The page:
As do most other component-based systems today, a Jini system assembles itself at runtime by integrating individual services into the whole as needed. Systems architectures that support this "runtime binding" capability are more adaptive than those that are fully bound at compile or deploy time because they can incorporate the very latest versions of components that are available when the system needs them. That said, all systems architectures that support runtime binding are not the same, and their levels of adaptivity vary.
The key to Jini technology's runtime assembly flexibility derives from its concept of a distributed service. Jini services are designed in a way that adds flexibility to runtime system assembly. To appreciate this design, let's first explore the idea of runtime binding (and while we're at it, object-oriented development too) in the context of distributed systems.
Runtime binding is possible only if the parts that will eventually connect together understand in advance how they will interface with one another when the time comes. Defining such component interfaces is fairly straightforward in non-distributed systems (thanks especially to object-oriented programming models, which demand clear agreement on interfaces while allowing variable implementations to be encapsulated behind those interfaces), but it gets more complicated when a network is positioned between distributed clients and services.
Most distributed systems architectures include agreements about how the network will be used to communicate to remote code as part of the interface definition that will be used later to bind distributed clients and services together.
|Figure 4: Traditional Distributed Clients and Services|
Unfortunately, this design decision forces the client/service interface to be positioned—always—across the physical network connection that sits between client and server machines. It does not support the notion that a logical service might include code that runs on both the client and server sides of a network. In other words, most popular distributed computing models compromise the object-oriented notion of encapsulation, which demands that a service be fully implemented behind its interface, whenever the logical service boundary does not align with the physical network boundary. As a consequence, service developers must choose between the lesser of two evils:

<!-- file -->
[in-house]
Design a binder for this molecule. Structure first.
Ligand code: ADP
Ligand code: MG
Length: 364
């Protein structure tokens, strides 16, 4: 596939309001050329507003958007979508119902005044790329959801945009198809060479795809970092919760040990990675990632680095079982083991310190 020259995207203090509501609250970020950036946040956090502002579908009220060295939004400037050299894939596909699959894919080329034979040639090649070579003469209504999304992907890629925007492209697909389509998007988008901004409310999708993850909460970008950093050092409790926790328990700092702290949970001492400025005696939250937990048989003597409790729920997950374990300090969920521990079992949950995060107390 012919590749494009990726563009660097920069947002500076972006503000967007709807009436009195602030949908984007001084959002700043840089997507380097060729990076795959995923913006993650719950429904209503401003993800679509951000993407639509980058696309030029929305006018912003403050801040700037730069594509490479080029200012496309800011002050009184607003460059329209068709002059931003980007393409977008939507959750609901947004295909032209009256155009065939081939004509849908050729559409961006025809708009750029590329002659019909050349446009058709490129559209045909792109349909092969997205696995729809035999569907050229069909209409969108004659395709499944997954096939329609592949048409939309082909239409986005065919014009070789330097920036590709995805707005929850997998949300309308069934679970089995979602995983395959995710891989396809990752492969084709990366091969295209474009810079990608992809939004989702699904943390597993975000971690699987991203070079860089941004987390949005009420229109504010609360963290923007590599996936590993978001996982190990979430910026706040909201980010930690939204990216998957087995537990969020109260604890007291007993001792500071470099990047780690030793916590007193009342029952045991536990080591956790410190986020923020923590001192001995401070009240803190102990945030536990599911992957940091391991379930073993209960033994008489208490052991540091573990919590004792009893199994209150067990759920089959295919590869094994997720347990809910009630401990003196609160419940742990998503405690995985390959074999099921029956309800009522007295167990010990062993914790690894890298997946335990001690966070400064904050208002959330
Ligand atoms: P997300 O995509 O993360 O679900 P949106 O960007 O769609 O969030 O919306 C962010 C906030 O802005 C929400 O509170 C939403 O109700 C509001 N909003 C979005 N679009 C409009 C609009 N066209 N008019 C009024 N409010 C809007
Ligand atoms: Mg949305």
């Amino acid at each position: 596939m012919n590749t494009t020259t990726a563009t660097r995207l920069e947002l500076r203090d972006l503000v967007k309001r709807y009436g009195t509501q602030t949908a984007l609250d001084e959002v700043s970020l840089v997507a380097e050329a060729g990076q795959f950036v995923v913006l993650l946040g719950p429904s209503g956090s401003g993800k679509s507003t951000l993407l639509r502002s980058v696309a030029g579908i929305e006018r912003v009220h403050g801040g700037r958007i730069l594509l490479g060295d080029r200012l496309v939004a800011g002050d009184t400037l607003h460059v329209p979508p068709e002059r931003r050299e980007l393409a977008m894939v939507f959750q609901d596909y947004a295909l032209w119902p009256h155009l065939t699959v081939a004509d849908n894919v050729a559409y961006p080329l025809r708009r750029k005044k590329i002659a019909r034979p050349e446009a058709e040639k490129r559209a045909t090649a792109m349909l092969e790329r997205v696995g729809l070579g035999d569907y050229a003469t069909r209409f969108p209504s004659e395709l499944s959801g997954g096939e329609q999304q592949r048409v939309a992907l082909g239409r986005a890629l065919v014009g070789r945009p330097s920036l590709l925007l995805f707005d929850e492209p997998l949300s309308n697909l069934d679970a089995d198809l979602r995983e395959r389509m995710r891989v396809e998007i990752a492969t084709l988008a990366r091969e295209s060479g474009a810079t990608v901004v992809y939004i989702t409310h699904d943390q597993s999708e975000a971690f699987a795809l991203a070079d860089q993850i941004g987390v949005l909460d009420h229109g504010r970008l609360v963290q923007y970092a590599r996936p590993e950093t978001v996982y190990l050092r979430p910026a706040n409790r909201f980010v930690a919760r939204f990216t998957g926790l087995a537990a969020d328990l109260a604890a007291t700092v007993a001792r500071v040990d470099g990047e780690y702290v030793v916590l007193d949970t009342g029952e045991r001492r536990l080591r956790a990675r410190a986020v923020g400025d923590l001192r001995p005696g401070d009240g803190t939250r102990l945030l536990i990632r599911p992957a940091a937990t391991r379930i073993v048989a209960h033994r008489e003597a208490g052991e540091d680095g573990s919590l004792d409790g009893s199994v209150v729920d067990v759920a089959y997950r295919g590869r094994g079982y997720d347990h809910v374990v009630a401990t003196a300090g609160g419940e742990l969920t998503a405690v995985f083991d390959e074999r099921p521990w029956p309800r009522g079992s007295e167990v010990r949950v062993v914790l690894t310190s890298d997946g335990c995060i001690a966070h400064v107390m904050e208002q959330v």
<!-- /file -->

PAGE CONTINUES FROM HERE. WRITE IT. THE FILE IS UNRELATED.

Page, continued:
- Encapsulate all service-related code on the server machine
- Break encapsulation and coordinate with client developers to include service code within the client implementation
Jini technology takes a different approach. It utilizes mobile Java code to deliver services to clients as needed. Having the ability to move code over the network and directly to the client eliminates the traditional need to embed client-side service processing (filtering or aggregating large amounts of data to minimize what gets sent over the wire, for example) and network communications code into the client. Put another way, mobile Java code enables you to create distributed network services that encapsulate all of the client-side, server-side, and network communications code needed to implement the complete service functionality.